One Thousand Scents

Tuesday, June 05, 2012

Pay Dirt: Claude Montana Parfum de Peau (vintage)


Parfum de Peau ("skin scent") is an extraordinary piece of 1980s perfumery, but I think we need to start off by talking about that bottle, which is genius, surely in anybody's top-ten list of the greatest perfume flacons of all time. It even feels beautiful, an endlessly changing whirl of velvety frosted glass: it wants to be fondled. (The surface texture is of a piece with the shape: imagine how dreadful it would be in clear glass!) It was devised by Serge Mansau, and even for him, the creator of such dazzling bottles as those for Rochas Alchimie, Dior Dolce Vita, and the revamped Idole de Lubin, it's a standout.


Its inspiration is said to be a stroboscopic photograph of a sycamore seed helicoptering its way to the ground, and it does evoke that sense of captured motion. But it also makes me think of two other things. It looks like a strand of DNA, and, as you can see from the photo at the top, it resembles an extremely abstracted torso of a woman, who I assume is dancing with joy, her arms twined sinuously over her head, from the sheer ecstasy of wearing something so gorgeous and amazing as Parfum de Peau.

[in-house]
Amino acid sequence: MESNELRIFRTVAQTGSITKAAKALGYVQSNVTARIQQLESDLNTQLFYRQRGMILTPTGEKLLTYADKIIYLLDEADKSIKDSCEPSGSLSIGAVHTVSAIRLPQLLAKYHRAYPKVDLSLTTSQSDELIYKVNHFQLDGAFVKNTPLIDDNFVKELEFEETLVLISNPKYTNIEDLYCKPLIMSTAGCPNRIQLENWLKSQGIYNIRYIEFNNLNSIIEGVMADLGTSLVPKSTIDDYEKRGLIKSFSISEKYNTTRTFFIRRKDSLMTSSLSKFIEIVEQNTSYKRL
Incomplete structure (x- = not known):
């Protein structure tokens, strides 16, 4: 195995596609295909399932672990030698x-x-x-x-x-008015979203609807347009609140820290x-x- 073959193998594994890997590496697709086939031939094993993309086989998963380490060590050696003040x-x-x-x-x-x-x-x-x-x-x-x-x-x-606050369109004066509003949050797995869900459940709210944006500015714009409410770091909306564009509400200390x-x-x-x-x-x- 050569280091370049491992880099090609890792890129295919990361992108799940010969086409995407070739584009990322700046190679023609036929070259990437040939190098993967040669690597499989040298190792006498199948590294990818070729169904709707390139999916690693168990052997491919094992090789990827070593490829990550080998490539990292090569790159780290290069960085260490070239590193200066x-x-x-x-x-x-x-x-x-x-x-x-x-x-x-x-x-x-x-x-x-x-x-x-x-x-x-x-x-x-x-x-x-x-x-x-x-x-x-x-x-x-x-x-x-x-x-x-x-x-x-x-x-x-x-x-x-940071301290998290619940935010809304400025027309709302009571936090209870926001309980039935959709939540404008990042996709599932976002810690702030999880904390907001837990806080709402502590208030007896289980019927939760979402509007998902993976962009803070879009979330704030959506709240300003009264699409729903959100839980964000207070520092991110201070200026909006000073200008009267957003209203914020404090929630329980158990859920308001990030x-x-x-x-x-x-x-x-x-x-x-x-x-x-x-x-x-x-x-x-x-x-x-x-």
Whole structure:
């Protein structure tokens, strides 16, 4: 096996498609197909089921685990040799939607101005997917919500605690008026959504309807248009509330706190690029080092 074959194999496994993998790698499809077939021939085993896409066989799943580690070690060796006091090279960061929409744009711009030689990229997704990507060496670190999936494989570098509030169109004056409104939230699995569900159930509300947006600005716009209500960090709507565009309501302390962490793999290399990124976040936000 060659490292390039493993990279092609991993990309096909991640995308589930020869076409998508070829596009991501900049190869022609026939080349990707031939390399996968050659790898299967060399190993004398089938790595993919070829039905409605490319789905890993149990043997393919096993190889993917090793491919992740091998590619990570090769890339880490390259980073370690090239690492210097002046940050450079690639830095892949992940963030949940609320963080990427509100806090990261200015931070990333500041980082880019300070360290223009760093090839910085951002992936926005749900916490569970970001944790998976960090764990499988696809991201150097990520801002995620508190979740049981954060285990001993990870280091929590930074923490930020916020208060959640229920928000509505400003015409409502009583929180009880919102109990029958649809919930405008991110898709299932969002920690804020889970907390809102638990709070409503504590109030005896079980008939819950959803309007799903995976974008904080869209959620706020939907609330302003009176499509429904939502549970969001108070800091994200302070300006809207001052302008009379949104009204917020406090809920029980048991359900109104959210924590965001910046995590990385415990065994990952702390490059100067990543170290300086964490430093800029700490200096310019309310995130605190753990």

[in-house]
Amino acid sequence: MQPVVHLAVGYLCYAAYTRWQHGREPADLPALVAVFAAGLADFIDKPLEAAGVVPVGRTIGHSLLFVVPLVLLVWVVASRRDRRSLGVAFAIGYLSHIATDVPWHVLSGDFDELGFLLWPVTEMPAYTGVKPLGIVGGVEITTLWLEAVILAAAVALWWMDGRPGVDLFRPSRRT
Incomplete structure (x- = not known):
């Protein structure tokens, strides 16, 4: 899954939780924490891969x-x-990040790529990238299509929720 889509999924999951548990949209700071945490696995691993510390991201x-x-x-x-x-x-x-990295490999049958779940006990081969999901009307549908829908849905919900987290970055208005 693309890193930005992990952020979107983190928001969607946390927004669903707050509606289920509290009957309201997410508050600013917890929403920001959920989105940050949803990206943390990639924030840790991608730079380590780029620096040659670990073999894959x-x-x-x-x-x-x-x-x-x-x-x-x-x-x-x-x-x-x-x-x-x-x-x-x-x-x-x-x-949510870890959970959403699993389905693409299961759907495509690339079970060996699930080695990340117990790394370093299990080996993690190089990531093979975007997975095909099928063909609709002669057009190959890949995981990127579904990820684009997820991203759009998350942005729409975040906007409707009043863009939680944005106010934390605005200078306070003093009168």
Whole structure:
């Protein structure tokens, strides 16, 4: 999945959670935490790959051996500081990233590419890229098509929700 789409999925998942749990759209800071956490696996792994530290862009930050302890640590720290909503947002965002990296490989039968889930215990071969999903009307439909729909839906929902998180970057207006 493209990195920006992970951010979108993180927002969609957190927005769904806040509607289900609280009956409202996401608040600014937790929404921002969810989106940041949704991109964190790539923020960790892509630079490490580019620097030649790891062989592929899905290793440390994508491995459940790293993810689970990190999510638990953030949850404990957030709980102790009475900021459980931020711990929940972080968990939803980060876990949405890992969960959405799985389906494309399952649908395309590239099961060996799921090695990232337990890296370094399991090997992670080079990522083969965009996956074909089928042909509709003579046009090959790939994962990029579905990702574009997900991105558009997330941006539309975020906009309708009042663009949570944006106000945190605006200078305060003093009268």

Montana's first scent, launched in 1986, is — there's no other word for it — violent, extraordinarily so. It is huge and loud: it arrives in a trumpet blare of blackcurrant (omnipresent in the mid-eighties) and citrus and peach, and already, even at the very beginning, there is the intimation of something truly raunchy going on in the basement.

Patrick Süskind's 1985 novel Perfume: The Story of a Murderer, required reading for anyone who loves scents, contains a sequence at the end of chapter 31 in which Grenouille, the murderer of the title, a man who has the world's greatest nose but no scent to call his own, creates a perfumery base that smells like a human being:

There was a little pile of cat shit behind the threshold of the door leading out to the courtyard, still rather fresh. He took a half teaspoon of it and placed it together with several drops of vinegar and finely ground salt in a mixing bottle. Under the worktable he found a thumbnail-sized piece of cheese, apparently from one of Runel’s lunches. It was already quite old, had begun to decompose, and gave off a biting, pungent odor. From the lid of a sardine tub that stood at the back of the shop, he scratched off a rancid, fishy something-or-other, mixed it with rotten egg and castoreum, ammonia, nutmeg, horn shavings, and singed pork rind, finely ground. To this he added a relatively large amount of civet, mixed these ghastly ingredients with alcohol, let it digest, and filtered it into a second bottle. The bilge smelled revolting. Its stink was putrid, like a sewer, and if you fanned its vapor just once to mix it with fresh air, it was as if you were standing in Paris on a hot summer day, at the comer of the rue aux Fers and the rue de la Lingerie, where the odors from Les Halles, the Cimetiere des Innocents, and the overcrowded tenements converged.